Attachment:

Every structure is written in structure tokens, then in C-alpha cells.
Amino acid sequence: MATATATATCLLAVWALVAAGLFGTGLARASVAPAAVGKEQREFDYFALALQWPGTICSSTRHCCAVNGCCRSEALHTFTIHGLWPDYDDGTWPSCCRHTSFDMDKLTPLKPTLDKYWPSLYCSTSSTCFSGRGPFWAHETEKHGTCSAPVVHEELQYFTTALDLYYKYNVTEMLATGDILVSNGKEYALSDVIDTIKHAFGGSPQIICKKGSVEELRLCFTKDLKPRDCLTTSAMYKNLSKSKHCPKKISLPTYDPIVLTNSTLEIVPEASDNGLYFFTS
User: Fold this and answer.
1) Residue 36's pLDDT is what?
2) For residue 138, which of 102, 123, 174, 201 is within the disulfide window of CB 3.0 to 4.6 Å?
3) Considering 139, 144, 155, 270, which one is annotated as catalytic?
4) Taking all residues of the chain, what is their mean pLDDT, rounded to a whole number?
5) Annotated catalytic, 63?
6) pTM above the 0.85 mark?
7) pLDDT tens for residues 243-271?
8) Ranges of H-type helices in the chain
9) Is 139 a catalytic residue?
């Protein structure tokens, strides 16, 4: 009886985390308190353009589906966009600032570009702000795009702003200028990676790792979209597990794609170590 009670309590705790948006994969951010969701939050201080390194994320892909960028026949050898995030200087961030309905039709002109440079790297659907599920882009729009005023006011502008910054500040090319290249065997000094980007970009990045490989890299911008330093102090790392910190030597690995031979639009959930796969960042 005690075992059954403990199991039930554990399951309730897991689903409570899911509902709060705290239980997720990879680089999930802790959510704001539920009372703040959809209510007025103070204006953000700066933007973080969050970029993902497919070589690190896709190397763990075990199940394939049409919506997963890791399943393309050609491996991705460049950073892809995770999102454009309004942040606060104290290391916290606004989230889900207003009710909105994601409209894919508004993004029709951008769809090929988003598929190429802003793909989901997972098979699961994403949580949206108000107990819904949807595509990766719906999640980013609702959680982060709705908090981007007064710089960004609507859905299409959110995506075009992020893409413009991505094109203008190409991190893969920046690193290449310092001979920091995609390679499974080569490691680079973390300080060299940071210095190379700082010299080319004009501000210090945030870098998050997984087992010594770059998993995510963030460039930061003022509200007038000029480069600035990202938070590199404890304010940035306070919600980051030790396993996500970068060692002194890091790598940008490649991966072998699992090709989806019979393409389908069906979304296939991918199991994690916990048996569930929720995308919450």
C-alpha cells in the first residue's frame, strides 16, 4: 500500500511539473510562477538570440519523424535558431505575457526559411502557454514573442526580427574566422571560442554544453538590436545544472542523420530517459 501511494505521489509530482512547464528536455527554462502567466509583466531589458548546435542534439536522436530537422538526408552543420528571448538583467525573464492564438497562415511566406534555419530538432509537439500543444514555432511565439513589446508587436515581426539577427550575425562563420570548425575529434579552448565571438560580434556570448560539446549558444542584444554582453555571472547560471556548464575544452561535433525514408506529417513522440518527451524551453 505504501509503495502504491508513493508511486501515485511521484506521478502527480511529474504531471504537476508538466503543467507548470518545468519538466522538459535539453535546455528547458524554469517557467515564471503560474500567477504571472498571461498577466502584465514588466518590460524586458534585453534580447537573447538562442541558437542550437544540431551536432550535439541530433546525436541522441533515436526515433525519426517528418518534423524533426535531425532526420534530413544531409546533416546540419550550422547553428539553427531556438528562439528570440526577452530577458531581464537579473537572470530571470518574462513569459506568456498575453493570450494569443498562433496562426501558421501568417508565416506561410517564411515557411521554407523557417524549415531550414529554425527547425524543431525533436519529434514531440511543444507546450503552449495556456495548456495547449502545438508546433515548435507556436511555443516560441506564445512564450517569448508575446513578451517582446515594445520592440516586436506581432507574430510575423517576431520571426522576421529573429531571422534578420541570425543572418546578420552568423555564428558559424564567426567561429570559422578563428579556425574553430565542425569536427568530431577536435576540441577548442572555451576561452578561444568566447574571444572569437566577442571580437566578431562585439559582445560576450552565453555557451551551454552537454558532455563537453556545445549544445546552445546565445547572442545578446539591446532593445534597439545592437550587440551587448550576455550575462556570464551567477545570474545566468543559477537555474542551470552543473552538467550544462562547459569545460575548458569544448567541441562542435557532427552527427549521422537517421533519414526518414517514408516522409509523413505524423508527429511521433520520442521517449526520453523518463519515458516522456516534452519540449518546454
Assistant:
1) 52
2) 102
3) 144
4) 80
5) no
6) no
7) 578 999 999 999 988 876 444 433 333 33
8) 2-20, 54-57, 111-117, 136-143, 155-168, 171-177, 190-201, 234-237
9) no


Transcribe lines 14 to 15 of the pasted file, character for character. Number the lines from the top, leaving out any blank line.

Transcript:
C-alpha cells in the first residue's frame, strides 16, 4: 500500500511539473510562477538570440519523424535558431505575457526559411502557454514573442526580427574566422571560442554544453538590436545544472542523420530517459 501511494505521489509530482512547464528536455527554462502567466509583466531589458548546435542534439536522436530537422538526408552543420528571448538583467525573464492564438497562415511566406534555419530538432509537439500543444514555432511565439513589446508587436515581426539577427550575425562563420570548425575529434579552448565571438560580434556570448560539446549558444542584444554582453555571472547560471556548464575544452561535433525514408506529417513522440518527451524551453 505504501509503495502504491508513493508511486501515485511521484506521478502527480511529474504531471504537476508538466503543467507548470518545468519538466522538459535539453535546455528547458524554469517557467515564471503560474500567477504571472498571461498577466502584465514588466518590460524586458534585453534580447537573447538562442541558437542550437544540431551536432550535439541530433546525436541522441533515436526515433525519426517528418518534423524533426535531425532526420534530413544531409546533416546540419550550422547553428539553427531556438528562439528570440526577452530577458531581464537579473537572470530571470518574462513569459506568456498575453493570450494569443498562433496562426501558421501568417508565416506561410517564411515557411521554407523557417524549415531550414529554425527547425524543431525533436519529434514531440511543444507546450503552449495556456495548456495547449502545438508546433515548435507556436511555443516560441506564445512564450517569448508575446513578451517582446515594445520592440516586436506581432507574430510575423517576431520571426522576421529573429531571422534578420541570425543572418546578420552568423555564428558559424564567426567561429570559422578563428579556425574553430565542425569536427568530431577536435576540441577548442572555451576561452578561444568566447574571444572569437566577442571580437566578431562585439559582445560576450552565453555557451551551454552537454558532455563537453556545445549544445546552445546565445547572442545578446539591446532593445534597439545592437550587440551587448550576455550575462556570464551567477545570474545566468543559477537555474542551470552543473552538467550544462562547459569545460575548458569544448567541441562542435557532427552527427549521422537517421533519414526518414517514408516522409509523413505524423508527429511521433520520442521517449526520453523518463519515458516522456516534452519540449518546454
Assistant: